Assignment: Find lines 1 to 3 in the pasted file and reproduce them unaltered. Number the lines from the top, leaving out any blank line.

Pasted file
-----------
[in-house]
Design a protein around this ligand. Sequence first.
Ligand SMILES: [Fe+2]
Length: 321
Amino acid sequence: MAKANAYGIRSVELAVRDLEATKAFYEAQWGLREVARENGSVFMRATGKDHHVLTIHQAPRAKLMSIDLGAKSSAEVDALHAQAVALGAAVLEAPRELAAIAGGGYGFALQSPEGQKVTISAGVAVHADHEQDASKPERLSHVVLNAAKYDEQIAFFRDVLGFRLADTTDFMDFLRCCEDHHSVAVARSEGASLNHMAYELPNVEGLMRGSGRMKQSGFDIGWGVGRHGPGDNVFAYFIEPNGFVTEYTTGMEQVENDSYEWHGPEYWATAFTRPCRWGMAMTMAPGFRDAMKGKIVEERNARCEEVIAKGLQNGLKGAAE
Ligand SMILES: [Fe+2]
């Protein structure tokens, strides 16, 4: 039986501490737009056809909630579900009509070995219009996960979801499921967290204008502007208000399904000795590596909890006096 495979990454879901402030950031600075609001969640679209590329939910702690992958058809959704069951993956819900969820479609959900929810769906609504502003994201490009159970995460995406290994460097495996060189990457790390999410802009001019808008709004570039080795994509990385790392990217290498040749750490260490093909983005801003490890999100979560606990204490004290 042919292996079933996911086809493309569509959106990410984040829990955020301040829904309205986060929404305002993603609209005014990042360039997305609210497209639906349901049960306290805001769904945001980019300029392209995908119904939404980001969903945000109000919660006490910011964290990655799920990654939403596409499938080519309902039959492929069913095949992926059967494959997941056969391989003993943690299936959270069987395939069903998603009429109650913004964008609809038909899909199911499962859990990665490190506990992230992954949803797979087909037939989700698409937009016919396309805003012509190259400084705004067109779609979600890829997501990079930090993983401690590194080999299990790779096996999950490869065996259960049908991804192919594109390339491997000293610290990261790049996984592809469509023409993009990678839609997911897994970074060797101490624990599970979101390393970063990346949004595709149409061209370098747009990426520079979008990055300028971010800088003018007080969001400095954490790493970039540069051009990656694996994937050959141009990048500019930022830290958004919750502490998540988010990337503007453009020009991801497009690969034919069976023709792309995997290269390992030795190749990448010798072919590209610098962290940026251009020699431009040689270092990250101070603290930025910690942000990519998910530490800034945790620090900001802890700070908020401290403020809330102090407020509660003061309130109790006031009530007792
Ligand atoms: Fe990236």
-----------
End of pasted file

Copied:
[in-house]
Design a protein around this ligand. Sequence first.
Ligand SMILES: [Fe+2]